I’ll confess to you the thing I want with a terrible passion right now: I want life to be normal. My idea of normal; my notion of what a normal life would be. I want there to be no pandemic, no shortages, no grocery stores having to ration toilet paper. I want there to be no threat of death by suffocation in an overcrowded hospital, for me or for anyone I love. I want no silent threat that I might at this moment be carrying microbes that could condemn someone else to that horrible death. I want no cancellations, no disruptions, no surprises, I don’t want to live in LaBelle with its broken sidewalks and drag a hand cart to the supermarket, I don’t want to live in Steubenville or anywhere near it. I want to be a dreadfully bland average person in a clean affluent neighborhood in a nice big city far from the reeking Ohio river. I want to never have to be brave, never be in danger, never have to learn new things or even try an odd-colored kind of orange, never have any adventures at all. But I can’t be that person, and I can’t make things normal.
No courage, no cowardice, no selfishness or altruism on my part can give me what I want. I can’t make things normal. Not if I hoarded toilet paper or put my family in danger; not if I were saint or a hero doing selfless things that helped everyone.
Things are strange, dangerous, frightening, inconvenient, illogical, uncomfortable and uncertain and I can’t make them normal again.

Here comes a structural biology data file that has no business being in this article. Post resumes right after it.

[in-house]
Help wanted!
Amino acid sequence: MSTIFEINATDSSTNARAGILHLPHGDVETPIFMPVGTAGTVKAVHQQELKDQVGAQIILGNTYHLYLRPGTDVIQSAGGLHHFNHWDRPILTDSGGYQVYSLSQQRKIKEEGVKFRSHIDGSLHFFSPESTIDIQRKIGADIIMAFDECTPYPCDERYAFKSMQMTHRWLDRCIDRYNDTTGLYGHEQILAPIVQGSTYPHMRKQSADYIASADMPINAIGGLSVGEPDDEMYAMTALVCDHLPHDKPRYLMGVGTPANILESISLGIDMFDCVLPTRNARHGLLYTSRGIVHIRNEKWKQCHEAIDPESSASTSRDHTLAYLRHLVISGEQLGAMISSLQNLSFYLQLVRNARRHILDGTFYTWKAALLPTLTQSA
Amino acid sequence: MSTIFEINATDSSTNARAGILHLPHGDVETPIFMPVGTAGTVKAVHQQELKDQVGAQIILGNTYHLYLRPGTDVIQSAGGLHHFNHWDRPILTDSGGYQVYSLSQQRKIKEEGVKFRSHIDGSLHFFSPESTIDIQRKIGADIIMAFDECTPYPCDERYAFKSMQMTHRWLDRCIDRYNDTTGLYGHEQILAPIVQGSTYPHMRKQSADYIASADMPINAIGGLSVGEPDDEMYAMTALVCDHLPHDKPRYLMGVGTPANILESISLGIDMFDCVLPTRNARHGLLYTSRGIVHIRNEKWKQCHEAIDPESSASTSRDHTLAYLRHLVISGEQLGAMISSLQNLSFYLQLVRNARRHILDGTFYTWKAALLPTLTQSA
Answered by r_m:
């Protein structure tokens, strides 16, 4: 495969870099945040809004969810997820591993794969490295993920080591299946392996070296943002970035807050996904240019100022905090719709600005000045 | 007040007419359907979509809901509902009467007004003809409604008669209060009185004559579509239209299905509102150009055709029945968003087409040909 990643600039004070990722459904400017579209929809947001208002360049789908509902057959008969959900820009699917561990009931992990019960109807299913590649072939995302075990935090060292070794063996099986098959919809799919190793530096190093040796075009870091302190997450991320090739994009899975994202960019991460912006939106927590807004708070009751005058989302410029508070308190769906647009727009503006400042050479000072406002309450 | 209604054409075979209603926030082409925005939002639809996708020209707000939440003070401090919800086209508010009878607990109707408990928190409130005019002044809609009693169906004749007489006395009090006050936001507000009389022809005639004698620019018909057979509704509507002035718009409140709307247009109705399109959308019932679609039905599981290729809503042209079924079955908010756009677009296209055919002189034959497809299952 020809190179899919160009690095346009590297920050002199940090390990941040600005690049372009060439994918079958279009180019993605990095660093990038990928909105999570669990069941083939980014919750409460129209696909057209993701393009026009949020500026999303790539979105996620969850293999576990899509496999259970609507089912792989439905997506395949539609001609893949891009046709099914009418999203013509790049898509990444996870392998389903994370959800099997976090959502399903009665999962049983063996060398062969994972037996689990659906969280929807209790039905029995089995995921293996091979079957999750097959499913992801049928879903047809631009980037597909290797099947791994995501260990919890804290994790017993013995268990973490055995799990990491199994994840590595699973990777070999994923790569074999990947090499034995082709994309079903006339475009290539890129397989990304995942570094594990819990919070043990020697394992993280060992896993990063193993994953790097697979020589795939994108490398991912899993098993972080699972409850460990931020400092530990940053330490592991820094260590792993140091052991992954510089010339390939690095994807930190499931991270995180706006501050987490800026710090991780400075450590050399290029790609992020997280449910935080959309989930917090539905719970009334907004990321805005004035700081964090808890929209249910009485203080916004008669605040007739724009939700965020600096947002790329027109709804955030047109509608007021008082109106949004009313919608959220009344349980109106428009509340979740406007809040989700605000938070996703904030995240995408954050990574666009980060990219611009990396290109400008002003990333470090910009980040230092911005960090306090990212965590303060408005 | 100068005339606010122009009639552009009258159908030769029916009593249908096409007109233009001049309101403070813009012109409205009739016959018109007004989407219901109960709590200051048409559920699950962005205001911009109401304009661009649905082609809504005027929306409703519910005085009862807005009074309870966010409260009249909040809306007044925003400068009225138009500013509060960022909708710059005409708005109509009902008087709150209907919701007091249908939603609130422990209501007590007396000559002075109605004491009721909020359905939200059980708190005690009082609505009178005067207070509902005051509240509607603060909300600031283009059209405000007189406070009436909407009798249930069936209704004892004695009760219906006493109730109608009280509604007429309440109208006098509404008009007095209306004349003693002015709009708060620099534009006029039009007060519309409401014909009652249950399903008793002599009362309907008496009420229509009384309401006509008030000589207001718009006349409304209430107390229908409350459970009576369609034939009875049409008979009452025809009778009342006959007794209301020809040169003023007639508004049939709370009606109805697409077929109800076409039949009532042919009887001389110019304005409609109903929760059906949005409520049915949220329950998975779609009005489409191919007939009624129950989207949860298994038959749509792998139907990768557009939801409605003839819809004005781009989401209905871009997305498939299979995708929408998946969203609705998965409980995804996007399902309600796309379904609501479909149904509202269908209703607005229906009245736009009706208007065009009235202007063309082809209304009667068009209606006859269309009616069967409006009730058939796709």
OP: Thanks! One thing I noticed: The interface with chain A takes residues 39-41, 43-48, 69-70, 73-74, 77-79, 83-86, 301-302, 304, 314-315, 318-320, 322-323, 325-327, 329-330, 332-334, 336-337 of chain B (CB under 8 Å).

But I can choose how to act, in this bizarre and abnormal world. I can choose to be heroic or not.
Shirley Raines, the beautiful woman I wrote about last month, is still serving the homeless– not washing their hair at the moment, but she’s handing out food, supplies and treats from her car, with gloves on. She even found someone to donate hand sanitizer. Molly down at the Friendship Room is still handing out meals and any help she can– with gloves on, washing and sanitizing every single can or jar of food and toilet articles people send. She’s not going to leave her friends, no matter what happens.
We know about Molly because Michael brought them some of the oranges yesterday, and a few other things from what he’d gleaned at the store. He walked Rosie to the library one more time before they close indefinitely. Before they came back, he stopped at the other end of downtown to drop the food off at the Friendship Room while Rosie waited by be porch, keeping a safe social distance.
We have decided to be heroic, even if things never go back to normal again.
Image via Pixabay
Mary Pezzulo is the author of Meditations on the Way of the Cross.